Cemetery of Splendour – A Review


Cemetery of Splendour, Thai director Apichatpong Weerasethakul’s newest film was exactly what my mind and body needed after a long-ish week to relieve a little tension. The film exists in the lives of the people supporting a small band of comatose soldiers recovering in a pop-up ward in a classroom in a small village. My only other experience with the director is with Boonmee, a gentle, spiritual film not unlike Cemetery of Splendour.

Jen, a volunteer in the ward with a wide-eyed American husband and legs of unequal length, devoutly worships her religious idols in the hopes of being rewarded with a youthful appearance. The tranquil village hums with the incessant chirps and skrees of invisible insects, chickens and smaller winged creatures walk where they please as the people of this settlement go about their business: attending doctor appointments, visiting the library etc. Jen and the nurses sit aside their wounded patients without much to offer aside from cleaning their bodies, delaying bed sores and talking to ears like one might talk to their growing plants. The doctor, rarely present, oversees installation of coloured light therapy equipment said to fight off bad dreams in the patients; the 6ft hook/candy cane shaped glowing poles bathe the still space in soft hues like those found lighting a quiet 70s drug fuelled chill-out rather than a nightclub.

A young medium, Keng, who can communicate with the men builds bridges between Jen and one particular soldier who Jen, after reading the man’s cryptic notebook, begins to see like the son she never had. Around the same time, Jen learns a potential reason for why the men won’t wake that’s based just as deeply in the realm of the intangible; slowly, Jen, taking what she knows and doesn’t know about life, deliberates her awareness of herself and those around her.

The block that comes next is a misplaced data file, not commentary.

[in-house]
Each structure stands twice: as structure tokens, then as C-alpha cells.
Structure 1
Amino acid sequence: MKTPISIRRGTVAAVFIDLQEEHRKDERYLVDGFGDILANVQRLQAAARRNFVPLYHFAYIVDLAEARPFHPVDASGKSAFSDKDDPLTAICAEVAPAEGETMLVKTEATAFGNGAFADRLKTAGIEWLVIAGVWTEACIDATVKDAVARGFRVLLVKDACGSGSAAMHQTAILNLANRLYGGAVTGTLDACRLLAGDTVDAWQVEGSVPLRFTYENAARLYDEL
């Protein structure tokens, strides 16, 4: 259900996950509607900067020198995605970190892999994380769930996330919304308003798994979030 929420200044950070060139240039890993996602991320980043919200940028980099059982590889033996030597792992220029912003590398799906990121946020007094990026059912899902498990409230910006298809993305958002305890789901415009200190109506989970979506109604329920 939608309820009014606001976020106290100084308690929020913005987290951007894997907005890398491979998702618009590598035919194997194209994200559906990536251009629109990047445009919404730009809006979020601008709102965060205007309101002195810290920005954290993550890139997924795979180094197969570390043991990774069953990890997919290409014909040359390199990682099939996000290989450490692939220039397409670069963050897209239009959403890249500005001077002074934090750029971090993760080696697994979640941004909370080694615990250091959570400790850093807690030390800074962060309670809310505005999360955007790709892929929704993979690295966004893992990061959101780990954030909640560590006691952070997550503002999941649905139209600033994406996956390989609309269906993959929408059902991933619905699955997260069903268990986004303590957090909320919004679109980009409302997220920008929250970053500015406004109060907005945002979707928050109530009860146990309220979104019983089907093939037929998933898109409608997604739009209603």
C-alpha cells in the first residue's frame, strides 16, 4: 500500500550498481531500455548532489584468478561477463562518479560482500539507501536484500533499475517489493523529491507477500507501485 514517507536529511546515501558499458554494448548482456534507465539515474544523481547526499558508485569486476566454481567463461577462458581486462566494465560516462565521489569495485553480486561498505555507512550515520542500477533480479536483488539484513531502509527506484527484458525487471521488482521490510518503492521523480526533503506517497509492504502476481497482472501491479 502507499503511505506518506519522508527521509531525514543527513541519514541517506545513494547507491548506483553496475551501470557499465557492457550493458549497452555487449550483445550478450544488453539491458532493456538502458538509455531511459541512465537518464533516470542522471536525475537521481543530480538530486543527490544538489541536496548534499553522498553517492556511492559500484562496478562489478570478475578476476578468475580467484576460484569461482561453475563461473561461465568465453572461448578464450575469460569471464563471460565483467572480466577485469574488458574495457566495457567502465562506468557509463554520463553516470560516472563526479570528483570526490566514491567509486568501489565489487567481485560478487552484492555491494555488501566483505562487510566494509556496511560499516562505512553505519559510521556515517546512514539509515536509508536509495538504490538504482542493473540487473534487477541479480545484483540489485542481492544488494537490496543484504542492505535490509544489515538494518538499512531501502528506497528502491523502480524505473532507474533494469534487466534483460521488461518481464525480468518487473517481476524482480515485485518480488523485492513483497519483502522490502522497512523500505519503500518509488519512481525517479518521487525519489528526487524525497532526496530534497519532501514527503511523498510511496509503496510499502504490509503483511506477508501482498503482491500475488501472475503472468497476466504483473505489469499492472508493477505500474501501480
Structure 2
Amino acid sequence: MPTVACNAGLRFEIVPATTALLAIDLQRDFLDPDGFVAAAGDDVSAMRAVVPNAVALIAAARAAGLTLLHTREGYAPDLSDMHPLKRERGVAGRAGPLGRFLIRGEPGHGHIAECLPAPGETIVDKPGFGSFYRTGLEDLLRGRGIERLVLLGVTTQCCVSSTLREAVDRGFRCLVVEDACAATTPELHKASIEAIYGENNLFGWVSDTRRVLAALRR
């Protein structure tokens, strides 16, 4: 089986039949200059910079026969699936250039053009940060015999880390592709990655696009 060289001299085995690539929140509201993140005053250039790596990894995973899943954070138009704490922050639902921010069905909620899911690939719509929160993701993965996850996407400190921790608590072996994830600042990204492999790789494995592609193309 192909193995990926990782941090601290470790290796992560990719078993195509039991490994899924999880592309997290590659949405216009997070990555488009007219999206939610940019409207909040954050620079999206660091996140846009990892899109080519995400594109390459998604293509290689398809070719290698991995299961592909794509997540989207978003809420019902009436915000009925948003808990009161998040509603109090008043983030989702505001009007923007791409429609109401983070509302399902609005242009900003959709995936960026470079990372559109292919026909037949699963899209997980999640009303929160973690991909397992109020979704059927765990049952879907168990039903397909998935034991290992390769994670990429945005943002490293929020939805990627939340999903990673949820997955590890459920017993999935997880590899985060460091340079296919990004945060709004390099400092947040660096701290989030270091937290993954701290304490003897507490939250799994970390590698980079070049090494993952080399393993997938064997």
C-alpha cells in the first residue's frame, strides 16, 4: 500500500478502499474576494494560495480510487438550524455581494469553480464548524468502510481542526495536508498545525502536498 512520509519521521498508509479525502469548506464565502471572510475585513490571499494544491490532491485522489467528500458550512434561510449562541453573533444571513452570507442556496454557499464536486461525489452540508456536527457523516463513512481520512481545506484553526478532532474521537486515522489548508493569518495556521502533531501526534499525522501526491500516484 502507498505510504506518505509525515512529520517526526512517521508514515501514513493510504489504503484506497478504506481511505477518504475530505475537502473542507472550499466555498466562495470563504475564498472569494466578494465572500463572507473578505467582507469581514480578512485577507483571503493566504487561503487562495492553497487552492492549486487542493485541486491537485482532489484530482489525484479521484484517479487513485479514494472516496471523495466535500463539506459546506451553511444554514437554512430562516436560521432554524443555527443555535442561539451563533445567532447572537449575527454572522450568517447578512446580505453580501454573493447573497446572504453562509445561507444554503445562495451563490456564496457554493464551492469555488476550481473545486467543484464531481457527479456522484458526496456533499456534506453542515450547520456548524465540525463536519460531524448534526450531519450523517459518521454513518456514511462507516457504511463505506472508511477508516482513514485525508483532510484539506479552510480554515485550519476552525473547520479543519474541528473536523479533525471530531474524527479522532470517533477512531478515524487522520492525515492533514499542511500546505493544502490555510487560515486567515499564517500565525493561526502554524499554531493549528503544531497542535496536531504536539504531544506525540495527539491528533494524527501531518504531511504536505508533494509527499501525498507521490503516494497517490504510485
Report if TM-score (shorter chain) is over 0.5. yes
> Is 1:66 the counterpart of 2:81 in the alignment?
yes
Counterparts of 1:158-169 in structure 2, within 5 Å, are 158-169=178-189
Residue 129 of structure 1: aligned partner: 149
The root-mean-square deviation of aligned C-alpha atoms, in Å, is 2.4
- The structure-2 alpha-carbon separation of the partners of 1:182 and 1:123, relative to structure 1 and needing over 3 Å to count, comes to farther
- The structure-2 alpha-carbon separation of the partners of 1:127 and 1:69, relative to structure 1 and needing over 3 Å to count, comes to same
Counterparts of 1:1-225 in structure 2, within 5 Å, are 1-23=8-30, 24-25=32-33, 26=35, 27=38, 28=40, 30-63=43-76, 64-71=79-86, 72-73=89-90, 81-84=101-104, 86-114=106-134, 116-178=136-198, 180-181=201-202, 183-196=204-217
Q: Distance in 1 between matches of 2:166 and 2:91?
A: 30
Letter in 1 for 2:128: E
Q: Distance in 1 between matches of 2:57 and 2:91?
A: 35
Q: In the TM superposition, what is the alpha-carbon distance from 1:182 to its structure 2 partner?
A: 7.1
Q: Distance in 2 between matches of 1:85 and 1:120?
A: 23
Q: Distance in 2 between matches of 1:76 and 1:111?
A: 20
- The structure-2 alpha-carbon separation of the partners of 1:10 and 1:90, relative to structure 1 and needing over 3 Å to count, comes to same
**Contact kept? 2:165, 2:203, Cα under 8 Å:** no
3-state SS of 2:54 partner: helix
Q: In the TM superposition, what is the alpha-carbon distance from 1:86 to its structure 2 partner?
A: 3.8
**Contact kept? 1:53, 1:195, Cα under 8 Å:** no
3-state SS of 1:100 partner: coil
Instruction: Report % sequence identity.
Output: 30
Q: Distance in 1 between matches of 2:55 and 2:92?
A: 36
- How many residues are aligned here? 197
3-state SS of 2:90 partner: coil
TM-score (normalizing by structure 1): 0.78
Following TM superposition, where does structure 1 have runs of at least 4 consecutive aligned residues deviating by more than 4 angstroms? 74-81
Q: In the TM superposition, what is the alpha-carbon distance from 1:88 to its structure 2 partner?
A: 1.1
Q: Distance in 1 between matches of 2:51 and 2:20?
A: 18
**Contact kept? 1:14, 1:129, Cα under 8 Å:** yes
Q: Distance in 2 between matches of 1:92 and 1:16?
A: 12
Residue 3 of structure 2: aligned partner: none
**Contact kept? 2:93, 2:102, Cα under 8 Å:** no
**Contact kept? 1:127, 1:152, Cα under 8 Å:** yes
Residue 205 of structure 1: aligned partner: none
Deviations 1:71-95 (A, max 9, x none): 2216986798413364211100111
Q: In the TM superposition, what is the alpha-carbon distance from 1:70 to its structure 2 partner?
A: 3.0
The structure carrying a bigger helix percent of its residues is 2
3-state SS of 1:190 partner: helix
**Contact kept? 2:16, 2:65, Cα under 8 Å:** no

With almost no CGI and no fancy camera work (~3 instances of pan/zoom in the whole film and the rest being still camera shots) Cemetery of Splendour still proves to be a beautiful film. Most shots are composed and contained within the frame, the story is told without something new entering our field of view or leaving it. It’s beauty for me however was not visual but instead truly spiritual, myths and lore exist on the fringes of being real in this film which in somewhere like this small Thai village is fitting whereas in the modern Western world I live in I couldn’t feel less innately connected to what I can’t see.

A truly meditative experience if given the time and energy.



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